Saturday’s annual Kentucky River Sweep focused attention on what’s wrong with this region’s major waterway. Most would agree the river needed a good cleanup, the ranks of volunteers having diminished in recent years. But there’s also a lot right with the river, provided we have the will and imagination to use it as something other than a sewer and a dumpster.
Rodney Simpson, a member of the Frankfort Boat Club and the local Riverfront Development Committee, alluded to the untapped potential last week in commenting on upcoming repairs to Locks 1 and 3 and, in Frankfort, Lock 4, which he hopes will stimulate more boat traffic coming up the Ohio River to the capital city.
Few know better than boaters the central Kentucky stream that meanders through the center of Frankfort. They get a view we landlubbers only occasionally share, and the responsible ones really care about its daily condition. However, typecasting riverfront development as a pet project for water sports enthusiasts would be a mistake. Even those of us who don’t know bow from stern could enjoy riverside outings if given opportunity and inviting amenities. The problems are accessibility and public attitudes toward a natural feature that’s almost an afterthought anymore. Most roads lead away from the water unless there’s a ramp at the end.
Joy Jeffries, executive director of the Frankfort-Franklin County Tourist Commission, summed up the challenge pretty succinctly in an op-ed commentary: “We want people to see the river from the land and the land from the river. We no longer want to turn our back on the river.” How to make that ideal a reality remains the big question.
Riverfront development is a perennial Frankfort dream. A $150,000 master plan released to the community in 2009 offered a number of intriguing ideas, but it came out at the worst possible time to encourage development with any real hope for success. Innovative investment is pretty risky business until a true recovery takes hold.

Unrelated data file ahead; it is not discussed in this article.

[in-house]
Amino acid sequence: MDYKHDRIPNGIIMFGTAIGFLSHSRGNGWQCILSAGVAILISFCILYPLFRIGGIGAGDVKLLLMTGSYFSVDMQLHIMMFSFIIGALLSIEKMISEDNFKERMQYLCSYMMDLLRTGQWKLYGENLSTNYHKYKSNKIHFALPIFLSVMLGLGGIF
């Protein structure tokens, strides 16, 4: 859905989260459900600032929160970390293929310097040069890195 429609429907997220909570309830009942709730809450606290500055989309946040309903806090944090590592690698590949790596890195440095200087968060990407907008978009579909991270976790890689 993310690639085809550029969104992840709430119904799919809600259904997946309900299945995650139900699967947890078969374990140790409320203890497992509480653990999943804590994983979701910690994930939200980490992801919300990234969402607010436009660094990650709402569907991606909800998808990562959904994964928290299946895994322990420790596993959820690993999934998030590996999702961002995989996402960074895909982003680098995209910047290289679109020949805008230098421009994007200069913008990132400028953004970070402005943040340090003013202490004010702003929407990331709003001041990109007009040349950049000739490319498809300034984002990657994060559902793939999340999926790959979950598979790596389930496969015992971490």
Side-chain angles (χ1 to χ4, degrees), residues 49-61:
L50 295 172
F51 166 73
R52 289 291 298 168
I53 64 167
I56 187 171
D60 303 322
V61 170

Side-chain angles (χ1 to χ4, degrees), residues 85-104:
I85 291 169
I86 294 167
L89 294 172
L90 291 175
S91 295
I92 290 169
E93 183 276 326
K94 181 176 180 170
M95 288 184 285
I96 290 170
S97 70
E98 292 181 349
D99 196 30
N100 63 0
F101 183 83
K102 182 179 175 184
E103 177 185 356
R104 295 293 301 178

On wilder parts of the river, the best development is little or no development. How do you improve on nature? The center of town is already developed, albeit in a manner that ignores the water except as a flood threat. Reconnecting to the aquatic highway navigated by the pioneers will be no small undertaking for this tourism-minded community.
Some might find inspiration in Newport on the Levee, a shopping/entertainment complex on the Kentucky side of the Ohio River, anchored by the Newport Aquarium. But Frankfort isn’t Newport, which lies across the Ohio from bustling Cincinnati. Conceptual drawings for business development atop the North Frankfort floodwall were prepared decades ago – and went nowhere. The Kentucky River View Park now occupies much of the land on the wet side of the floodwall.
The master plan suggests an alternative complex of restaurants, retail, offices and residences on the old Frankfort Lumber property near the Capital Avenue bridge – convenient to state Capitol visitors and locals alike. It’s just an idea, for now, but an interesting one. While there’s little immediate impetus for major development, downtown Frankfort should keep the river in mind when business conditions improve.